The Speaker finally managed to get a bill through the House yesterday, being forced to add language that would force a “balanced budget amendment” through Congress before a second, and necessary hike in the debt ceiling. Naturally the Senate rejected the Boehner bill in short order, and Boehner is about to return the favor by scheduling for vote, and defeat, the Reid bill. As has been the case from day one no bill will progress unless it has bipartisan support. Other than that this group will have caused lasting, and unnecessary damage to the American economy. But what about this balanced budget amendment? States, localities, and families have to balance their budgets! Why shouldn’t the federal government be forced to do so? And is it not hypocritical of people who claim to be deficit hawks to be opposed to a “balanced budget amendment”?
The “balanced budget amendment”, as filed by the Republican caucus in the House, calls for a mandatory balancing of the federal budget. The issue here is not a balanced budget. Quite obviously Congress is off kilter on that as we speak, with the federal government running annual deficits of over a trillion dollars. President Obama has been heavily criticized by Republicans for this debt, as they continue to try to make political gain by exploiting deficits they helped to create. Republicans point to these deficits as if they fell in out of the sky, with a big spending Barack Obama on a relentless drive to spend us into oblivion. So what is the truth?
1) Federal spending is at about 24% of GDP, a historic high (up from about 20% in 2007) So Obama must be guilty as charged? Well, as Paul Krugman points out on his blog, ratios have both numerators and denominators. With GDP growth slowed and spending on safety net programs increased due to recession, Krugman shows that the discretionary increases in spending essentially amount to the Obama stimulus, which likely added about one point of GDP spending. As Krugman shows clearly there has been no “spending binge” by Barack Obama. What about federal spending in nominal terms. Here is the breakdown, liberated from the Krugman blog:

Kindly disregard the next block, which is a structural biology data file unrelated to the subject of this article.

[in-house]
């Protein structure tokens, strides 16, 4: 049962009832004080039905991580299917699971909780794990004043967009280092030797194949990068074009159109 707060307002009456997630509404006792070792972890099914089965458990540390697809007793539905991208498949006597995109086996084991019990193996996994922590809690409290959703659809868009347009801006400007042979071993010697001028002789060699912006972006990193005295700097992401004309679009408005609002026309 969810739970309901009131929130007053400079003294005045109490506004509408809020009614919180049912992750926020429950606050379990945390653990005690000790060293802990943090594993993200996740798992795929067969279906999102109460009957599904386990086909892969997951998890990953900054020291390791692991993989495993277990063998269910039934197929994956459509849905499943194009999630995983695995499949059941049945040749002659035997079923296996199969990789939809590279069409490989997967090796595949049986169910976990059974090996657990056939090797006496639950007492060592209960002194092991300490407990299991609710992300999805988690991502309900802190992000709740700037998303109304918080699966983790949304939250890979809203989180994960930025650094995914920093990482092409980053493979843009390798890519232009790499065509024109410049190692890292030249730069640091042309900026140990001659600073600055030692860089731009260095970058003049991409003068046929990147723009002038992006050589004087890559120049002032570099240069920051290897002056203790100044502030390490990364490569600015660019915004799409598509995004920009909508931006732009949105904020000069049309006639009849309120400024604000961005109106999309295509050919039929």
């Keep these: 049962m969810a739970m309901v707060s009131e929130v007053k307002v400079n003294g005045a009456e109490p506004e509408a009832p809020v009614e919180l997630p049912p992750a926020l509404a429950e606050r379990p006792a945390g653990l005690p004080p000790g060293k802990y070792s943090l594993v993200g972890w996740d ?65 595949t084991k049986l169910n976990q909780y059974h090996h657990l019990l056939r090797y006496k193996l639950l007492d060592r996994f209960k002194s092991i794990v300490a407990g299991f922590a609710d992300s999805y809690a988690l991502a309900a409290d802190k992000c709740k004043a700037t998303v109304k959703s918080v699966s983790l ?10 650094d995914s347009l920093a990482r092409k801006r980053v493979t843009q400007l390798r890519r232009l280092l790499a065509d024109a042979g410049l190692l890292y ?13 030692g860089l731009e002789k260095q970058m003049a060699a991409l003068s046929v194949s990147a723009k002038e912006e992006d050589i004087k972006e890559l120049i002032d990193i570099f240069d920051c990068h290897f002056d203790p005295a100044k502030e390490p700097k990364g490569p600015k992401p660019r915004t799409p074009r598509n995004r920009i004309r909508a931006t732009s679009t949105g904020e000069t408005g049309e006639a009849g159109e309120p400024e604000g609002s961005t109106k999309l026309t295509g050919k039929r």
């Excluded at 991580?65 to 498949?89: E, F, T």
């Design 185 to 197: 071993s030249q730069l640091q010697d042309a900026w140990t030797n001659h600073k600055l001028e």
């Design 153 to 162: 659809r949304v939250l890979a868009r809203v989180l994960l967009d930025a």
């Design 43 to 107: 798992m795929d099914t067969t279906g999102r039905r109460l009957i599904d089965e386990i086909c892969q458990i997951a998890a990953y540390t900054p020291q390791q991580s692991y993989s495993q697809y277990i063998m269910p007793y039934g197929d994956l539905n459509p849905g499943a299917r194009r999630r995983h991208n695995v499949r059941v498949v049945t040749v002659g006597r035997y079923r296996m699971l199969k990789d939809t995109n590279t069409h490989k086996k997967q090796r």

2002: $2.0 trillion
2003: $2.2 trillion
2004: $2.3 trillion
2005: $2.5 trillion
2006: $2.7 trillion
2007: $2.7 trillion
2008: $3.0 trillion
2009: $3.5 trillion
2010: $3.5 trillion
2011: $3.8 trillion (budgeted)
So contrary to Republican claims there has not been a huge hike in spending under President Obama. But there has been a huge increase in the annual deficit. So Obama must be guilty of wanton and reckless deficit spending? Lets look at the second important figure.
2) Revenues are slightly below 15% of GDP, a historic low. The drop is due to the recession, and obviously to the tax policies promulgated by President Bush. The number, a drop in the historical number of between 18% and 20%, shows just what a line of nonsense Republicans are selling when they blame Obama for deficits, and keep repeating the mantra that you have a “spending problem” and not a “revenue problem”. You in reality have a spike in mandatory spending associated with Social Security, Medicare, Medicaid, as well as spending on programs associated with the recession, such as unemployment insurance and food stamps. A good chunk of the Obama increase went to assist states and localities suffering from the impacts of the Great Recession. Despite that help State and Local governments have shed hundreds of thousands of jobs. Without the federal assistance states and localities, in many instances, would have lost much of their ability to provide services. But Republicans honestly like that prospect, since it fits with their goal to change some financially questionable practices of the states by vaporizing, rather than reforming, those governments.
So the Republican’s are attacking the deficit, and clamoring for a constitutional amendment. But no Republican I talk to can answer the following question. Why don’t the Republicans simply file a balanced budget? I realize that the Democrats would not vote for such budgets, but Democratic votes are not what is at issue. For Republicans I ask that question, and one other. Am I wrong when I represent that the much ballyhooed Paul Ryan budget has trillions in future deficit spending? If those questions can be answered then maybe I could understand the call for amending the constitution. What are the answers to those questions. Where is the balanced budget that Republicans say we need. WHERE IS THEIR PLAN?